Thursday, November 20, 2014

GEORGIA WOMEN shine at Spotlight on the Arts at UGA



Spotlight on the Arts at UGA was an incredible success, and the Press is proud to have been a contributing entity. Our event with authors Dr. Ann Short Chirhart and UGA's own Kathleen Ann Clark was held this past Tuesday in the Richard B. Russell Special Collections Library on the UGA Campus.


Chirhart and Clark gave a presentation entitled, "Well-Behaved Women Seldom Make History: Georgia Women Shape the Twentieth Century," which was launched from their recent anthology, GEORGIA WOMEN: THEIR LIVES AND TIMES, VOL. 2 (published by the Press). Their talk was centered around three Georgia women—two lesser known figures, activists Lugenia Burns Hope and Vara A. Majette, and then one of the most famous women in Georgia history, Margaret Mitchell.

"One challenge we faced [in editing GEORGIA WOMEN] was finding connections between and among these eighteen incredible women," Chirhart said in the opening of the lecture. "Yet we still wanted to remain true to the independent women who had socio-political and cultural influence in many ways."
Dr. Ann Short Chirhart
But through the course of the talk, the interweaving strands became evident. The stories of these eighteen women have often been marginalized, dismissed, or misunderstood in the context of Georgia history. Some of these women viewed the past and the traditions of their time as something to overcome, yet others respected the past, despite its tumultuous nature, and wanted to simultaneously preserve it and challenge the status quo.

Perhaps most importantly, despite being trailblazers in their own times, these women set the stage for future actions. Lugenia Burns Hope's philosophy drew heavily on the Christian tradition, rejected exclusionary racial boundaries, and urged those to "love they neighbor as thyself." Almost half a century later, Coretta Scott King would be greatly inspired by Hope's actions and use her tenants to guide her own activism.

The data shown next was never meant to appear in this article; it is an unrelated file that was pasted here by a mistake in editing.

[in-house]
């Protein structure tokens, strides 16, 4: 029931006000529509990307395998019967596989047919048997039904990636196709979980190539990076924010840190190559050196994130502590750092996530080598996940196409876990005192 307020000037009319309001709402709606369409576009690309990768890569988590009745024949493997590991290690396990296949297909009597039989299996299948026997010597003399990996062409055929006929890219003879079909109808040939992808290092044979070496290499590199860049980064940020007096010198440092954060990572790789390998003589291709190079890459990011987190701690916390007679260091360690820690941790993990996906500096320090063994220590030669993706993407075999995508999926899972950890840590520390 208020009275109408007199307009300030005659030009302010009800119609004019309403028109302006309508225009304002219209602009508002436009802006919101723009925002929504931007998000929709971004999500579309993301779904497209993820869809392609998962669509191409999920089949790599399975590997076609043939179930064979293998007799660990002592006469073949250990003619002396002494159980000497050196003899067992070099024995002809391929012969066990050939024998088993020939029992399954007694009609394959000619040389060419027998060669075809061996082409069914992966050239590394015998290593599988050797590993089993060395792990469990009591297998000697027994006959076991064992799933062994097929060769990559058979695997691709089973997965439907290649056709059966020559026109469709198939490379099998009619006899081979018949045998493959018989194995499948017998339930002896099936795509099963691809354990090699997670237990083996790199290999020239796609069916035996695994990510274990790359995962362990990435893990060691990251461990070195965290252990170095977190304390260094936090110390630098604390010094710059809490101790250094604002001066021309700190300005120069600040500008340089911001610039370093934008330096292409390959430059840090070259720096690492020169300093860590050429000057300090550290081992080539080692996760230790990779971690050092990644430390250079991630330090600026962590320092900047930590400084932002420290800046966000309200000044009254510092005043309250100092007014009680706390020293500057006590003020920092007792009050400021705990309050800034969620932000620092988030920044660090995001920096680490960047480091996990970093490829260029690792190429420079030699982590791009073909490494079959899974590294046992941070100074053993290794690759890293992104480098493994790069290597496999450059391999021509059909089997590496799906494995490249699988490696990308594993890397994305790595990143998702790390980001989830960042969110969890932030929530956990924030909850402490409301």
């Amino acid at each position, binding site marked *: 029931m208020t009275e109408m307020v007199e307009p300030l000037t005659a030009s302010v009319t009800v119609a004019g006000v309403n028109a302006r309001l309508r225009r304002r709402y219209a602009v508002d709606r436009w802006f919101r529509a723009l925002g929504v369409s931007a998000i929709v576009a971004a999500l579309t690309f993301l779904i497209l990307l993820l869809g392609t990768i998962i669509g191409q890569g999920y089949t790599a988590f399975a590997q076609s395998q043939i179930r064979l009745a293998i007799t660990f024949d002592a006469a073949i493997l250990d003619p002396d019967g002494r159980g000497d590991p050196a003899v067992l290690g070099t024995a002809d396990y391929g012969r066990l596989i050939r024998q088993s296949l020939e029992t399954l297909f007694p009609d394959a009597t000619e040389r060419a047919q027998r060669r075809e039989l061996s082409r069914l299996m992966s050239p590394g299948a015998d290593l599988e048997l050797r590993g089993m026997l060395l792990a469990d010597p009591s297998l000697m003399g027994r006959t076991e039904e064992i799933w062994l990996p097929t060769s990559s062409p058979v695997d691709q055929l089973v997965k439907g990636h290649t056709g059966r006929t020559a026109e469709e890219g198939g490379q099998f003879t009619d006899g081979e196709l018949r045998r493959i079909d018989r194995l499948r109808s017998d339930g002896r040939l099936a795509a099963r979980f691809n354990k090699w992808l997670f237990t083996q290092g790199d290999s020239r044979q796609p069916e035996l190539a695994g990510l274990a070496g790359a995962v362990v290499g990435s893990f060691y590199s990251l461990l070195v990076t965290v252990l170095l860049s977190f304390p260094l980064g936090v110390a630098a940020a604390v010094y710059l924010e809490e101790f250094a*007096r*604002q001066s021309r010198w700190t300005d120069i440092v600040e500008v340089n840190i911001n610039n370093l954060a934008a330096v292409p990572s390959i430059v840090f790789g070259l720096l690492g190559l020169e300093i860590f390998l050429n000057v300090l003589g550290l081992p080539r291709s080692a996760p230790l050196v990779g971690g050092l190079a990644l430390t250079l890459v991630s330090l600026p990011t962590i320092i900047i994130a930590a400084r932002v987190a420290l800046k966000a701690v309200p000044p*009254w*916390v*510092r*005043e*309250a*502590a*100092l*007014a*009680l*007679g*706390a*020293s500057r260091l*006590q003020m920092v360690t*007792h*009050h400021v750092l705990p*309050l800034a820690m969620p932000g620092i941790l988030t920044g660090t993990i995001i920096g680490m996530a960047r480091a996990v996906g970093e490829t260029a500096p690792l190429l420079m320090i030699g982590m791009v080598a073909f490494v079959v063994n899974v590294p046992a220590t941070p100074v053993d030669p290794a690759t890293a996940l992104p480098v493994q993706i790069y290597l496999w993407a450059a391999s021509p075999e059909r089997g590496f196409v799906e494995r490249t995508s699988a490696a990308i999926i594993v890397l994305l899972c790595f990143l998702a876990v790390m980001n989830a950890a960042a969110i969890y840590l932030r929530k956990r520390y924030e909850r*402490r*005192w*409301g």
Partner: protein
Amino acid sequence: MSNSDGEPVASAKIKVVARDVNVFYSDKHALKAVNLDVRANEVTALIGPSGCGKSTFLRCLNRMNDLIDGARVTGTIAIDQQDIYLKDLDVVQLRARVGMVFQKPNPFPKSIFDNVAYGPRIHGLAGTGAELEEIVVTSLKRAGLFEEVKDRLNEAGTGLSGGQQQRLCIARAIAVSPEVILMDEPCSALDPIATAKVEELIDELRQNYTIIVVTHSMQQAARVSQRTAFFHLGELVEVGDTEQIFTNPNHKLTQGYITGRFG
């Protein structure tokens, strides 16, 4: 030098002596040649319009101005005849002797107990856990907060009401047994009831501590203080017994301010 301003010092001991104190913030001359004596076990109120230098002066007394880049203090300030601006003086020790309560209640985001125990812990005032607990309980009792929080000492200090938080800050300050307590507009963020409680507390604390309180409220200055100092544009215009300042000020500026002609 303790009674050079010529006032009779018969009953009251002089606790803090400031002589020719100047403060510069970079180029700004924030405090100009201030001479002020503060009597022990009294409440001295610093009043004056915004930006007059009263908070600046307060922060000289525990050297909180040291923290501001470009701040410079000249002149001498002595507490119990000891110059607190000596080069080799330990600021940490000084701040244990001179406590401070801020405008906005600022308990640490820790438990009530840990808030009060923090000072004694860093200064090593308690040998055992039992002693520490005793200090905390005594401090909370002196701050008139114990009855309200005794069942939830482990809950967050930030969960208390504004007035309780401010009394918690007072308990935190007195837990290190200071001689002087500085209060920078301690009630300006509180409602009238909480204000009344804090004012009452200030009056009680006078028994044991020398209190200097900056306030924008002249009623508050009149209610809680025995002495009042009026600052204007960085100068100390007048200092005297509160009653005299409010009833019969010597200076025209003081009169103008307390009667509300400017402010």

Vara A. Majette was largely critical of the media. She was skeptical of white men's claims that they had a moral duty to protect white women by any means necessary, and she blamed newspapers for fueling the fire of racial tensions in the South after the 1906 Atlanta race riots. Through her work, Majette was devoted to "turning racialized ideologies on their heads."


Dr. Kathleen Ann Clark
Finally, though most notable for writing Gone with the Wind, Margaret Mitchell was actually quite full of gumption. She was the daughter of a suffragette and largely believed in public activism, paid work for women, gender bending, and even delaying or indefinitely postponing marriage. It is in Mitchell's lost adolescent novella, Lost Laysen (her only published work other than Gone with the Wind), that a teenage Mitchell explores pushing the boundaries of racial and gender norms.

Many thanks again to Dr. Ann Short Chirhart and Dr. Kathleen Ann Clark for joining us in Athens for our celebration of the arts, as well as providing us with a thoughtful and engaging talk. Though the week of Spotlight on the Arts at UGA has passed, these kinds of performances and events thrive in Athens year-round. The next on-campus Press event will take place on February 27, 2015, as part of a lecture series for the Willson Center for Humanities and Arts and will feature John T. Edge, Director of the Southern Foodways Alliance and general editor of the SFA Studies in Culture, People, and Place series published with the Press. We look forward to seeing you then!


Dr. Kathleen Ann Clark, Dr. Ann Short Chirhart, and Press Director Lisa Bayer at the GEORGIA WOMEN, VOL. 2 event


Thursday, November 13, 2014

#UPWeek: Blog Tour Day Four


It's day four of University Press Week's blog tour. Today's posts will not disappoint. Because it's Throwback Thursday!

Here's what you can look forward to looking back:



Harvard University Press: Late last year HUP made roughly 3,000 previously unavailable backlist works available again, some of which were published back in the late 1800s. Many of the titles and subjects bear a resemblance to some reference (or something that might as well be referenced) in a Decemberists song. So their post: a quiz, asking the question, HUP title or Decemberists' song?


MIT Press: A look back at former MIT Press designer Muriel Cooper, who designed MIT Press's iconic colophon 50 years ago in 1964.

Temple University Press: A post on the development of Temple's influential Asian History and Culture series.